spring flowers

Spring Flowers & How You Can Learn About What’s In Bloom Virtually

The White Memorial Conservation Center in Litchfield is teaching workshops online amid COVID-19.

During a time of so much uncertainty and change, many people are doing their best to keep a sense of normalcy. And while the White Memorial Conservation Center in Litchfield isn’t able to hold their typical spring tours and workshops, they’re taking a virtual approach to keep people informed and educated.

Spring is a gorgeous time of the year in Connecticut with everything blooming and coming back to life.

“Even though we have to go through all of this social distancing that doesn’t mean you have to ignore all of the natural things that are happening out there," explains James Fischer, the Research Director of the White Memorial Conservation Center. "And spring is marching along. Every day there’s new things opening up there new things in bloom birds are migrating through.”

This is why the White Memorial Conservation Center is offering virtual seminars on their website and through their Facebook page.

And you can see many of the wildflowers you learn about blooming in your own backyard, like red trillium, which is easily distinguished by the multiples of three.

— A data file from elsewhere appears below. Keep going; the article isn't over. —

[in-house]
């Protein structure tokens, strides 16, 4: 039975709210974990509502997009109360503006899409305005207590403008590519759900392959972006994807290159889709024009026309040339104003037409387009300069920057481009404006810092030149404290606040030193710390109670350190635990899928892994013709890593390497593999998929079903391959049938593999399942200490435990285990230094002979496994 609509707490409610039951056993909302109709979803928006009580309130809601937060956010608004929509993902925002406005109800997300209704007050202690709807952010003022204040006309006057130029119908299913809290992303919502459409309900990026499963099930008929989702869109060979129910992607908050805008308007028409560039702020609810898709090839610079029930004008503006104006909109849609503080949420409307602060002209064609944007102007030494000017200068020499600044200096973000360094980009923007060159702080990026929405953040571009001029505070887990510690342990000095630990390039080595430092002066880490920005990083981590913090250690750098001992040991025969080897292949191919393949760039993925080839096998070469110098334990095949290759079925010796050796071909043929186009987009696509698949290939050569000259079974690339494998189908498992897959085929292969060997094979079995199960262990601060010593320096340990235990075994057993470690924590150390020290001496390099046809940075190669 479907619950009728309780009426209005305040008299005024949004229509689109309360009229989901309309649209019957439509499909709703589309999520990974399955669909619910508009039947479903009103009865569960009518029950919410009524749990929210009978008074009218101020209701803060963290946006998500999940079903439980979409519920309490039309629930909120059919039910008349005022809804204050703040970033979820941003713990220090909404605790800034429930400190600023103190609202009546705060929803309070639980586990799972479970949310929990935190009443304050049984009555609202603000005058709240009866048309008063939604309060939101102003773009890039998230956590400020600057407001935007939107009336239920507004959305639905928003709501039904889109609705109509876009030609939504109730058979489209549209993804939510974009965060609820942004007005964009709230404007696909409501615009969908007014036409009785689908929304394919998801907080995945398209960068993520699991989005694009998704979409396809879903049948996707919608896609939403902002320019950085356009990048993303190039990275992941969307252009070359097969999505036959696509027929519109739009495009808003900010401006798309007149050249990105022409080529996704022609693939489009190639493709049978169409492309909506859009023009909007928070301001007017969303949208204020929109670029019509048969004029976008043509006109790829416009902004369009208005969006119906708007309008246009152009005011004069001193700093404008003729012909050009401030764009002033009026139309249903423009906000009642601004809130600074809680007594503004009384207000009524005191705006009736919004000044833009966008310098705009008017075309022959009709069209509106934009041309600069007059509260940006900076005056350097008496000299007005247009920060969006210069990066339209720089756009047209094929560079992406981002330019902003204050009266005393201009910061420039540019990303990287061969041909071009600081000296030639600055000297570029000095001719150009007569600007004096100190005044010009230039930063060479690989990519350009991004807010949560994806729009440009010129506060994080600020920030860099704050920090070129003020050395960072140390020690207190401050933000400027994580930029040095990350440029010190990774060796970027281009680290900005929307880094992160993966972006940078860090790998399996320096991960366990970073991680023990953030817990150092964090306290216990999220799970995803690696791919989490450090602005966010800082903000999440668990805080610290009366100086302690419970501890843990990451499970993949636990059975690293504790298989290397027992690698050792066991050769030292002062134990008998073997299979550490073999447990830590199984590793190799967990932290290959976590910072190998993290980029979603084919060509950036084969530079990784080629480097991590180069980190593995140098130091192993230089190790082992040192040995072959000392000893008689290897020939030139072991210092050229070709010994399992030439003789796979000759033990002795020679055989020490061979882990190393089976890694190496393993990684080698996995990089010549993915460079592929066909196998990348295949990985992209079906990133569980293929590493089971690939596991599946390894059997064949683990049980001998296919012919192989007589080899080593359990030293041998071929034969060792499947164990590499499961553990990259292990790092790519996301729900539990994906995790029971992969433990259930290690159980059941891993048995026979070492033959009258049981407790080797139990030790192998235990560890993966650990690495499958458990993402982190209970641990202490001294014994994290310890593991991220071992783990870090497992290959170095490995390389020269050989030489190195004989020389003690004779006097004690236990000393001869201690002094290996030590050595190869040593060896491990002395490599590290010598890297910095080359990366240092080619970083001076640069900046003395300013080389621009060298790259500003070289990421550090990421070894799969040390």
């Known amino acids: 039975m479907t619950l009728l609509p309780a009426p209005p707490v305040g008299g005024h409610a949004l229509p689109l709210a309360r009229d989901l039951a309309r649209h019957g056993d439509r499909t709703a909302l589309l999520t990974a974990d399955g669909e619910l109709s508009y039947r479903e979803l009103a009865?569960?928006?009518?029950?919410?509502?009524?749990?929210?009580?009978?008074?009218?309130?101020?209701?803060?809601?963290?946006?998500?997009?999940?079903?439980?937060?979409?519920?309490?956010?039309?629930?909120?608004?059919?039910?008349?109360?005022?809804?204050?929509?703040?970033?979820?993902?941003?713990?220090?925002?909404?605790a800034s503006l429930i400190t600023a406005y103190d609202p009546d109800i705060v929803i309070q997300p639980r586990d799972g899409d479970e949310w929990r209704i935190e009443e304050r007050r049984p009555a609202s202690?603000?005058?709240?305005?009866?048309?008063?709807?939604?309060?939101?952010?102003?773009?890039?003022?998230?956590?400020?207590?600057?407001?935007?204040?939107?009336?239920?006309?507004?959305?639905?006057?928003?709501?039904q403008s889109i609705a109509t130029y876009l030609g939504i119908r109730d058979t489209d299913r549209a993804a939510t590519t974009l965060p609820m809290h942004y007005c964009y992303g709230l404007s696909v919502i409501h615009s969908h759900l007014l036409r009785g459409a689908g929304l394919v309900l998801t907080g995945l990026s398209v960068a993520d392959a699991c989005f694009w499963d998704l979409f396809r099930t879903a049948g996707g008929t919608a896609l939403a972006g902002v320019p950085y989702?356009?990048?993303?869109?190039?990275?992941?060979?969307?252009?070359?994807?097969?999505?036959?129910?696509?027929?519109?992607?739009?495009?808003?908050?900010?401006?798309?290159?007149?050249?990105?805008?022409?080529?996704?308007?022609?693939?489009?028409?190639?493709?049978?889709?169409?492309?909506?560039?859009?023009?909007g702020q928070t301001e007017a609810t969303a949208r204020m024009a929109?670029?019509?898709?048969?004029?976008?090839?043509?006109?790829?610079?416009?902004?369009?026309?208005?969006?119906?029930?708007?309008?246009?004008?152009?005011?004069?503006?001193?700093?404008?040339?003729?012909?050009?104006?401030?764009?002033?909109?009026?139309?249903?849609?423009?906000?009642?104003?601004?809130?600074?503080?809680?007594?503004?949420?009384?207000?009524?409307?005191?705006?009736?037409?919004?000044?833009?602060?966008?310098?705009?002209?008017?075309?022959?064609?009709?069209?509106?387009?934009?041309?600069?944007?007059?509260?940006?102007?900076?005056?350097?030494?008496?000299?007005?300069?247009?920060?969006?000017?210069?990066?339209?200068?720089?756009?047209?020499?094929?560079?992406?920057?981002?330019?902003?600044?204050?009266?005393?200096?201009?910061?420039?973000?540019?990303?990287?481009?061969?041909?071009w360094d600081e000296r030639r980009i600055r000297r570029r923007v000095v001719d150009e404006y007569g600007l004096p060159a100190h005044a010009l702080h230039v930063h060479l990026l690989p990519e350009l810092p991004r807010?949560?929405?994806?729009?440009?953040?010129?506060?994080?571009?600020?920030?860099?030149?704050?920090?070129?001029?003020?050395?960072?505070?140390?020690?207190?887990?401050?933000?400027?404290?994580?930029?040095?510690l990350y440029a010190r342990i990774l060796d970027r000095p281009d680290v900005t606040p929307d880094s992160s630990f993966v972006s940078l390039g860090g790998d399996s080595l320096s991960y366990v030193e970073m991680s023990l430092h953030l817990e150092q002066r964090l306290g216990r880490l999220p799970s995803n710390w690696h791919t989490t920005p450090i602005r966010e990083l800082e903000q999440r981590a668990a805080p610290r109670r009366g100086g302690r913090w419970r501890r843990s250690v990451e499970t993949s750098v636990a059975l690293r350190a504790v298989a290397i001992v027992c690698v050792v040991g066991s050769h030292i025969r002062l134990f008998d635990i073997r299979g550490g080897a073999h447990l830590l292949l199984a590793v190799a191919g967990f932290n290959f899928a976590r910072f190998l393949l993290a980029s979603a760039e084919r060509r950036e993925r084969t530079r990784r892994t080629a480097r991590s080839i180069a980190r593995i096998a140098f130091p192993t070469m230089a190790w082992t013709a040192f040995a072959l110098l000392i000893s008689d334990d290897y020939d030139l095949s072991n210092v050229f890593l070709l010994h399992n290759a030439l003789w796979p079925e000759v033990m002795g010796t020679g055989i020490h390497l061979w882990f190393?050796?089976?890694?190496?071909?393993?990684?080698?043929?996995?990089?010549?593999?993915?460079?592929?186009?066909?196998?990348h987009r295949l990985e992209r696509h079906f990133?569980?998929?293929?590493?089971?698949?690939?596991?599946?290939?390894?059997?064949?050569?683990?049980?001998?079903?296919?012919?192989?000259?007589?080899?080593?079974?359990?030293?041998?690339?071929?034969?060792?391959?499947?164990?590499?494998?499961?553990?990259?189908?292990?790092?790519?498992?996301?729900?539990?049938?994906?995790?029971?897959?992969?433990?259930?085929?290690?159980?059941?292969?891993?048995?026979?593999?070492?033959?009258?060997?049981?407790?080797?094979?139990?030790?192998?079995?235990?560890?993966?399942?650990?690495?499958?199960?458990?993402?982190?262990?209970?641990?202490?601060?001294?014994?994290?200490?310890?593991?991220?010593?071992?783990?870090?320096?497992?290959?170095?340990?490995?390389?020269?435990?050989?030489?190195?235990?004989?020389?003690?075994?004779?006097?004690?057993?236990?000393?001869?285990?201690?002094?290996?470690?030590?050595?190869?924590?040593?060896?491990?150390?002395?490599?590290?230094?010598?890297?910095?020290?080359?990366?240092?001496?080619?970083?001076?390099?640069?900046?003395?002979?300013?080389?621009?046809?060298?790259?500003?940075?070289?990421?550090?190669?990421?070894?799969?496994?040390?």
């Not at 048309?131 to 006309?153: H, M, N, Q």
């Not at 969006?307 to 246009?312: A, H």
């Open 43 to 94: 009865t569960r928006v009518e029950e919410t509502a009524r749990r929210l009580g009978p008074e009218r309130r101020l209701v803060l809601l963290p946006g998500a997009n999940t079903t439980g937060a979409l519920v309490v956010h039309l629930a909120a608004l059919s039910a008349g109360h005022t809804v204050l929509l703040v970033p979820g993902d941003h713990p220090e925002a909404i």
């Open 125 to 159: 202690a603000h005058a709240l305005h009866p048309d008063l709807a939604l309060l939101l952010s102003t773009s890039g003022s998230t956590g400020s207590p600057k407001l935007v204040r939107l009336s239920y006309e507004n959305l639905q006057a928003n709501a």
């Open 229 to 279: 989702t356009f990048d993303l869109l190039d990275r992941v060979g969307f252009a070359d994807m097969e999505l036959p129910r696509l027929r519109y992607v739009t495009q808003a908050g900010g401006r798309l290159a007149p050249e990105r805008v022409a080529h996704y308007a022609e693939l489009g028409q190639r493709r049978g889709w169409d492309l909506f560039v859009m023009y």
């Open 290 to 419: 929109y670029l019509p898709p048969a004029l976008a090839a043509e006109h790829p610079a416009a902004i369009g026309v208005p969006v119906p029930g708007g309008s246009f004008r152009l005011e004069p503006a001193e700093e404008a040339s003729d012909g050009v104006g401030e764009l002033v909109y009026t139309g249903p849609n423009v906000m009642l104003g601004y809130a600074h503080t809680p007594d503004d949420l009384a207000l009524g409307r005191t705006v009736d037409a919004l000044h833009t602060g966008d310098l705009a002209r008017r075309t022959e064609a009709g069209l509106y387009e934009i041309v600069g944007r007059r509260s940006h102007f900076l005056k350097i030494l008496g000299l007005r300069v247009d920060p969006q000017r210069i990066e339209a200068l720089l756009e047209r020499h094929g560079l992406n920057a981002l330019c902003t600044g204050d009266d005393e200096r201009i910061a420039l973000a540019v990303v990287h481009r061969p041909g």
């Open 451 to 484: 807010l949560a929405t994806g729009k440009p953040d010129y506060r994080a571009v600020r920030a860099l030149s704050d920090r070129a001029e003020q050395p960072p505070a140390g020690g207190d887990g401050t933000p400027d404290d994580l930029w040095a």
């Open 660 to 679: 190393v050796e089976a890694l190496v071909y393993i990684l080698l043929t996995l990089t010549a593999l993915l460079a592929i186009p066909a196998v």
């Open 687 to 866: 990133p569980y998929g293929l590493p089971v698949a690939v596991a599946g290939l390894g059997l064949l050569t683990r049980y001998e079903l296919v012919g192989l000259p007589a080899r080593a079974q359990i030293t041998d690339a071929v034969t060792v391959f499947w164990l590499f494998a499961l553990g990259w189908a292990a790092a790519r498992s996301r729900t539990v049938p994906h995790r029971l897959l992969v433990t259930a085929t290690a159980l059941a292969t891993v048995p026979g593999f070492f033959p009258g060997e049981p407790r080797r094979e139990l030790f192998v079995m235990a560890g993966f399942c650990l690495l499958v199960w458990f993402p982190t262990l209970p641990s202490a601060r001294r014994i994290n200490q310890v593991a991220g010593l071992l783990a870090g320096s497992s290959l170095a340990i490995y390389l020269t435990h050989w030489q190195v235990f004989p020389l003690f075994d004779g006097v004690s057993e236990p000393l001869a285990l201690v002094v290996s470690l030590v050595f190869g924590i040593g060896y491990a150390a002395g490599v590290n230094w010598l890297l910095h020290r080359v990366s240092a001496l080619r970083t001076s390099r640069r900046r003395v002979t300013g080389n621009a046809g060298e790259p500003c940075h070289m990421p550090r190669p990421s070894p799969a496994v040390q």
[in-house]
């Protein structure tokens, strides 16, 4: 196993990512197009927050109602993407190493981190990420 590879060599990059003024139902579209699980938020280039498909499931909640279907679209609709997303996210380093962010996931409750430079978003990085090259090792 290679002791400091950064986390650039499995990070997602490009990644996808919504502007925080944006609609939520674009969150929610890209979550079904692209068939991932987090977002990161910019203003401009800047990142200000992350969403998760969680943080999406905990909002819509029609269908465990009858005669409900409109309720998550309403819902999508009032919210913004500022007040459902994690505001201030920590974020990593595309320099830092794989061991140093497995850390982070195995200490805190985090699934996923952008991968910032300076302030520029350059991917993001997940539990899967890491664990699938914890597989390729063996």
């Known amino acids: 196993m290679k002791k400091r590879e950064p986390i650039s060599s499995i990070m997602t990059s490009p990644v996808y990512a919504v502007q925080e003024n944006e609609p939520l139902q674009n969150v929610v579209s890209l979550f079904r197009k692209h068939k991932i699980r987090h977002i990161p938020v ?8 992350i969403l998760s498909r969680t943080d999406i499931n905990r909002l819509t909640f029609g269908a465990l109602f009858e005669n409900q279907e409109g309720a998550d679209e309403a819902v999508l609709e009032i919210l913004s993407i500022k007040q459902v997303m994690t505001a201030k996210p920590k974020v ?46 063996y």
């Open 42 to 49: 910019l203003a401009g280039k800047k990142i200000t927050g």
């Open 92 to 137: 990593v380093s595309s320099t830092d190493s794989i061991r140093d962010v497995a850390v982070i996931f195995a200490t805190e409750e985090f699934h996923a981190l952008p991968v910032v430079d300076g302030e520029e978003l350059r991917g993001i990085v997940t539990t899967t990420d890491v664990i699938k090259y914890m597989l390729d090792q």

“There’s three petals per flower, three leaves per plant and there's six antlers,” explains Fischer.

And marsh marigold, which are loving the recent wet weather.

“You’ll find them often in very very saturated soils and we just had a lot of rain just in the last 24 hours so all of our wetlands are full of water.”

Another flower currently in bloom as the trout lily, which has actually been adjusting with our changing climate.

“We have found that it’s a really good indicator of how the climate has changed over the last 100 years," explains Fischer. "We’ve seen that this plan has bloomed about a day early for every decade that climate change has shifted in temperature.”

And while some wildflowers bloomed earlier than normal this year with the unseasonably mild March, the recent cold weather has put the pause on some spring blooming.

“It kind of slowed things down a little bit and that’s OK that’s what happens that’s what these wildflowers are adapted to.”

That cooler weather is going to stick around for a bit longer. The next seven days all feature temperatures below the average. Our average high temperature for this time of April is 60 degrees.

There’s a full calendar of virtual events you can take part in at https://whitememorialcc.org/

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